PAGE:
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Russia has 'secret space warplane' to match US X-37B

Cold War 'Hurricane' shuttle-interceptor reborn?

The smart choice: opportunity from uncertainty

Naturally the Soviets had an answer to military Shuttles – the 'Hurricane' space-fighter

The cleverness of these "Mission 3A/3B" space hops would have been that the Shuttle could avoid flying over any hostile countries – it could largely avoid flying over land at all, in fact. Thus it would never be picked up by enemy radars or telescopes and nobody would know what it had done during its brief leap into orbit. Spy satellites could be positioned without anyone knowing – in this context it might be relevant that the first of the stealthy, supposedly impossible-to-spot "Misty" surveillance sats was launched by Shuttle, though not on a secretive Mission 3A hop from Vandenberg*.

The X-37B unmanned spaceplane being prepared for launch. Credit: USAF

Wings do have a certain shuttley look to them, though ...

On a Mission 3B profile, the Shuttle would have secretly intercepted something in orbit and collected it, rather than dropping something off: nowadays the X-37B could do this too, though only a much smaller something. If that something belonged to someone other than the USA, its owners would never know what had happened to it. The snatch would happen out of sight below the horizon, above empty ocean or uninhabited terrain.

Unlike the Shuttle, the X-37B may soon fly from Vandenberg, as well as landing there. It could only satellite-nap the smallest spacecraft, and in any case this would be an unlikely mission – most unsubtle. Far likelier would be a close pass by a foreign satellite, either harvesting electronic and visual intelligence or perhaps carrying out a bit of deniable meddling – arranging for an opportune space-debris strike, say, or doing a spot of electronic interference. The target sat's owners would never be able to tell that the X-37B had been anywhere near their hardware.

So there may be a touch of warplane in the X-37B after all – or anyway there could be if the US military wanted. A second robo-spaceplane is already on order.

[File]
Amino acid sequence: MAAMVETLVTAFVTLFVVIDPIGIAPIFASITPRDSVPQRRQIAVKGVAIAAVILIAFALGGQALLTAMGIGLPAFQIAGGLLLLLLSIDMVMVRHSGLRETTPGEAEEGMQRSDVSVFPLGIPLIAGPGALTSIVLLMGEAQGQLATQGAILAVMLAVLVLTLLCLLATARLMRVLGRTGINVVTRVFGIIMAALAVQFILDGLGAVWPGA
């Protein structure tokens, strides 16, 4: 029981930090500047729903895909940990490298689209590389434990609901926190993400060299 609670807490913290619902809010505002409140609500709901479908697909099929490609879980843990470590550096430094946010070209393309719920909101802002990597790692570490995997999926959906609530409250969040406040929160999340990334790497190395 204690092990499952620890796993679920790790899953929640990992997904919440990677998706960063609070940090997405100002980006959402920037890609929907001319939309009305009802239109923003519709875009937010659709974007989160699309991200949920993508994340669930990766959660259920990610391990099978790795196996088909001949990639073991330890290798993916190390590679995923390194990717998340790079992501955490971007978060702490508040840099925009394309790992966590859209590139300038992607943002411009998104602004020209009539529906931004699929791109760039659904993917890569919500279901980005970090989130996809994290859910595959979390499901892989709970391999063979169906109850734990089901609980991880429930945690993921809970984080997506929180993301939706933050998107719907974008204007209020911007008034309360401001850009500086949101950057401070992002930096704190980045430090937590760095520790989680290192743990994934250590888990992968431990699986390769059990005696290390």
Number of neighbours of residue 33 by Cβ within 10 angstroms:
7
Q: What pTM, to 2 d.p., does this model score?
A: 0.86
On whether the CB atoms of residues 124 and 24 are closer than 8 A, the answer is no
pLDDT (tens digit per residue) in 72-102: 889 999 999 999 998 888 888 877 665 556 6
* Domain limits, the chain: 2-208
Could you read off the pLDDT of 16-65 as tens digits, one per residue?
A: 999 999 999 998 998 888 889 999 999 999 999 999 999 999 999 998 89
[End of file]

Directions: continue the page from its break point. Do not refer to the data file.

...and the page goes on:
Evidently none of this is lost on the Russians, which is no doubt why they too have apparently done some work on an unmanned spaceplane. They ought to find such tech well within their grasp, having in fact made the first spaceplane to achieve an unmanned runway landing: the "Buran" ("Blizzard") shuttle – intended for manned operations, but whose single test spaceflight in 1988 was carried out unmanned.

The Russians, indeed, were thought at one time to be using their advanced spaceplane technology to make an overtly warlike craft: the rumoured "Uragan" ("Hurricane") space interceptor developed from the MiG-105 manned test craft was supposedly being developed at the same time as Buran. Manned, missile-armed Uragan space fighters would have been the Soviets' answer to the possible nefarious activities of military polar Shuttle missions out of Vandenberg – had these ever occurred. Modern Russian historians tend to the view that Uragan never existed – they say that the two 1987 launches which supposedly carried test craft were actually experiments associated with Buran.

It just could be that the Cold War is back in a small way, then, with the X-37B finally offering the US its polar-orbit undetectable military space mission capability and Russia perhaps resurrecting its own spaceplane-fighter technology of yesteryear.

Overall it seems likelier that in fact the US air force's plug-in, quick-launching, reusable satellite story will be the true one – or mostly, anyway. Such an effort would be just as attractive to the Russian space force, after all.

And anyway, don't bank on a Russian military spaceplane any time soon – even a pocket-sized one like the USA's. Disappointingly, Ostapenko rounded off his remarks on the Muscovite efforts by saying "as to whether we will use it, only time will tell". ®

Bootnote

*In the end no shuttles ever flew such missions: their lifting performance was not as good as had been hoped for, and they lacked the grunt to put heavy spy sats straight into polar orbits: this forfeits the helpful speed boost that an easterly launch into an equatorial orbit – as from Cape Canaveral – gets from the Earth's rotation.

Plans for extra strap-on boosters for military Shuttle flights came to nothing following the Challenger disaster of 1986.

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